Josef Albers "Variants" 1947

His work is summed up in a treatise titled "Interaction of Color" published in 1963.  Written while teaching at Yale, the book investigates the properties of color.  An extension of his life long fascination with the deceptive nature of color, the treatise expands upon his teachings of visual perception as well as his own exploration of color relationship.

"Homage to the Square" 1964

For example, in his series of oil on paper paintings Homage to the Square, Albers experimented with the effects of perception, such as the apparent oscillation between the flat surface design and the illusion of movement and depth.

"Homage to the Square" 1972

Albers says of his work, "They all are of different palettes, and, therefore, so to speak, of different climates. Choice of the colors used, as well as their order, is aimed at an interaction - influencing and changing each other forth and back. Thus, character and feeling alter from painting to painting without any additional ‘hand writing’ or, so-called, texture."  Forever trying to teach the mechanics of vision and show even the uninformed viewer how to see, Homage to the Square embodied a shift in emphasis from perception willed by the artist to reception engineered by the viewer.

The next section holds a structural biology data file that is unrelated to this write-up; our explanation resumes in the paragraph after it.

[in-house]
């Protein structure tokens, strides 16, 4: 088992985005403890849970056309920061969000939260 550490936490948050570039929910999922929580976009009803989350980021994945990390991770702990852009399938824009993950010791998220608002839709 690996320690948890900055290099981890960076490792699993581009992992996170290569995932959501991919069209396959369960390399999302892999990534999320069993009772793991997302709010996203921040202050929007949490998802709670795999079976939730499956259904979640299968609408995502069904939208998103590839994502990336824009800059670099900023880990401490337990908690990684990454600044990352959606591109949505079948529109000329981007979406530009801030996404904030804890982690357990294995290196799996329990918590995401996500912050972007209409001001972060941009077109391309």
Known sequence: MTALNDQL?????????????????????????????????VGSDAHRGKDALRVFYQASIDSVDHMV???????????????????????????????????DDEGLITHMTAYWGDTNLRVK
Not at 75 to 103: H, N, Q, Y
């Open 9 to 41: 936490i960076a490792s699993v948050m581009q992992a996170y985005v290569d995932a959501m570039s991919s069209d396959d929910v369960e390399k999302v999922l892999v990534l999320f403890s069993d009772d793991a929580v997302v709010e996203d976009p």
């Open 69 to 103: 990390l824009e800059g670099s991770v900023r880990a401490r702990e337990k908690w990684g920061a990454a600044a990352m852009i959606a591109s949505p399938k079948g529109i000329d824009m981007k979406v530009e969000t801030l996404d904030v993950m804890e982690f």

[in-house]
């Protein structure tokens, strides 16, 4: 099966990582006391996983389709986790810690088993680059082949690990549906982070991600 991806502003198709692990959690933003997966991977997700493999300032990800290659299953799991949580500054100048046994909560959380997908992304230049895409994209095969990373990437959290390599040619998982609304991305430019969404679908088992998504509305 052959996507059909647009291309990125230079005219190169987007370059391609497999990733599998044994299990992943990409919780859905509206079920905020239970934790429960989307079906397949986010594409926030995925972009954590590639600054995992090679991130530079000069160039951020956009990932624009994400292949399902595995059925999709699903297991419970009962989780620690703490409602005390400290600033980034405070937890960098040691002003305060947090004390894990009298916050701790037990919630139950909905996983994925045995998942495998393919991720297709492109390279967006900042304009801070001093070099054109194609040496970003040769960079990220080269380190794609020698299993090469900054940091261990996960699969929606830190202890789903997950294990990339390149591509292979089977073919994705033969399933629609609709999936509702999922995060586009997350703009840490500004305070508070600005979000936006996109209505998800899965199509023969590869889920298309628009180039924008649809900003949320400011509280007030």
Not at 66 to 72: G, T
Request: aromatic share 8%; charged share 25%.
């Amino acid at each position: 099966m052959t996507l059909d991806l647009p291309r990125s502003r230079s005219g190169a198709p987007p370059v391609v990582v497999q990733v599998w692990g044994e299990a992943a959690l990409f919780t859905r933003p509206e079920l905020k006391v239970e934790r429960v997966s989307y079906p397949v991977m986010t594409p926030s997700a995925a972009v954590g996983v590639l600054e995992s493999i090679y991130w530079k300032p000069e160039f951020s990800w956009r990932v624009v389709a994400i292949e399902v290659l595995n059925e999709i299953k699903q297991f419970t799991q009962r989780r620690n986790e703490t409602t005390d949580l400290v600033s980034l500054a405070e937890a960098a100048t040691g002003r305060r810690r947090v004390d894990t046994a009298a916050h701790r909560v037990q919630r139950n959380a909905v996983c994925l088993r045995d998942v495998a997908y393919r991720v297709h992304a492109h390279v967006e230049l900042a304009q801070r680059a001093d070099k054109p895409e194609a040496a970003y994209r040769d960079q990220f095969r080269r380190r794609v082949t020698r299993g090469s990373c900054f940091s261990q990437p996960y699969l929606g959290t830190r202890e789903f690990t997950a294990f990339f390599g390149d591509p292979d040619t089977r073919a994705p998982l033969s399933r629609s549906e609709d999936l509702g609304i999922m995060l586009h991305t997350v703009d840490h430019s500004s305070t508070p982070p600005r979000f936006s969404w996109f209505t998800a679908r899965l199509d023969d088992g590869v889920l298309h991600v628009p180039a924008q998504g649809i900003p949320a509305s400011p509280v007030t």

"SP-V" 1967

 Albers work demonstrates that subtle shifts in color relationships can alter our perception.  Color interactions can elicit emotional responses that influence the way we perceive our environments.  Everyone sees and perceives color differently, but with thoughtful color combinations one can create with the eye and brain in mind.